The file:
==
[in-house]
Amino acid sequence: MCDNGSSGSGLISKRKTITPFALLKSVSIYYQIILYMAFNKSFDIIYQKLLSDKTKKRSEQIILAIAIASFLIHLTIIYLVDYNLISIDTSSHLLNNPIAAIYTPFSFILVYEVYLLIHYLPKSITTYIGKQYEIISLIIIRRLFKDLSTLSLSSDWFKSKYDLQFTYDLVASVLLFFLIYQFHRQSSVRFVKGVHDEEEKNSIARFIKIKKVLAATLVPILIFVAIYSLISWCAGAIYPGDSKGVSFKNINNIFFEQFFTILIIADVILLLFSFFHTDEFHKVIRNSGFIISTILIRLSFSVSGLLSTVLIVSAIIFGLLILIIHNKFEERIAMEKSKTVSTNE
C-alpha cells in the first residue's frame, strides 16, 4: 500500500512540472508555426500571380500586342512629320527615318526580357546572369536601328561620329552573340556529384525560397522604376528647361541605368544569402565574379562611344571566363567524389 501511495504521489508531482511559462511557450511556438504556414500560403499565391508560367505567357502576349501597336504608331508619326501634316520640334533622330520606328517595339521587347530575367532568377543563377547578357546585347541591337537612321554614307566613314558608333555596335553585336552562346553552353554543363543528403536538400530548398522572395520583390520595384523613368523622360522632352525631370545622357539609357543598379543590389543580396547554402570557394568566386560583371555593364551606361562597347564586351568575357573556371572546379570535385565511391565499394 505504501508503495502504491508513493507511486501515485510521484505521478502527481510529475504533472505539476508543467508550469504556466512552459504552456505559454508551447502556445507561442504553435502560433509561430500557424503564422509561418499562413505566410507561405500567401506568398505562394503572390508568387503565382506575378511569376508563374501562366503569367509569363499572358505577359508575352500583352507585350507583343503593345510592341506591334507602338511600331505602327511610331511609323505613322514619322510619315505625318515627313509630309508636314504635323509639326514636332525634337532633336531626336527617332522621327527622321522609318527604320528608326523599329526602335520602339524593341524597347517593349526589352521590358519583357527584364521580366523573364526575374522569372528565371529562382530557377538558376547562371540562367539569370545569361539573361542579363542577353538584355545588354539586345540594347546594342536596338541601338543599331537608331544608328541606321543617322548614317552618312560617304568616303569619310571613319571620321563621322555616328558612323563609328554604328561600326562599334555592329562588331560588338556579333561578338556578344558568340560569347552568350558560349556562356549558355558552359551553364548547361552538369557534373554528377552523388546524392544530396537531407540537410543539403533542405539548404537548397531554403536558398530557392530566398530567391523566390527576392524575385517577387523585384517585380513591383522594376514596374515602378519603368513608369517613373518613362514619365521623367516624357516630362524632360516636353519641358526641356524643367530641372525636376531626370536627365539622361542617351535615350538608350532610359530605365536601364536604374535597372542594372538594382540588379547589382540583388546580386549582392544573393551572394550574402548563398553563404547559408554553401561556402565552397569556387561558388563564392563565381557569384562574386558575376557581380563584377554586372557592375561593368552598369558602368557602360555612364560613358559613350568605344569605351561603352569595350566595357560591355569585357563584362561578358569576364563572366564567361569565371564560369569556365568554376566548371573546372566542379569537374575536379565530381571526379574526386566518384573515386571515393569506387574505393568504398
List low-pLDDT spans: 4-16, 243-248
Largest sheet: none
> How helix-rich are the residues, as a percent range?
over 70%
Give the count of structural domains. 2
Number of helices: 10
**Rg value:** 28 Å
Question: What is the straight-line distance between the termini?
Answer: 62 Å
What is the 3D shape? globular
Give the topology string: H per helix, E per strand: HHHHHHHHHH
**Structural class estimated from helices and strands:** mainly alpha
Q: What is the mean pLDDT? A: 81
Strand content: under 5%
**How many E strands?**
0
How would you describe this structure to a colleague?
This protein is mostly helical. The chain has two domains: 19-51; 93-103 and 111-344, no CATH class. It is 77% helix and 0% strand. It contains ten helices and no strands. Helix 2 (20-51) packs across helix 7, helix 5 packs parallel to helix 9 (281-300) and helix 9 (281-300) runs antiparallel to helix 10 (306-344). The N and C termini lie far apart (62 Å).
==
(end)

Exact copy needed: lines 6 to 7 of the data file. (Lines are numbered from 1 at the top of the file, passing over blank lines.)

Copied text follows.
> How helix-rich are the residues, as a percent range?
over 70%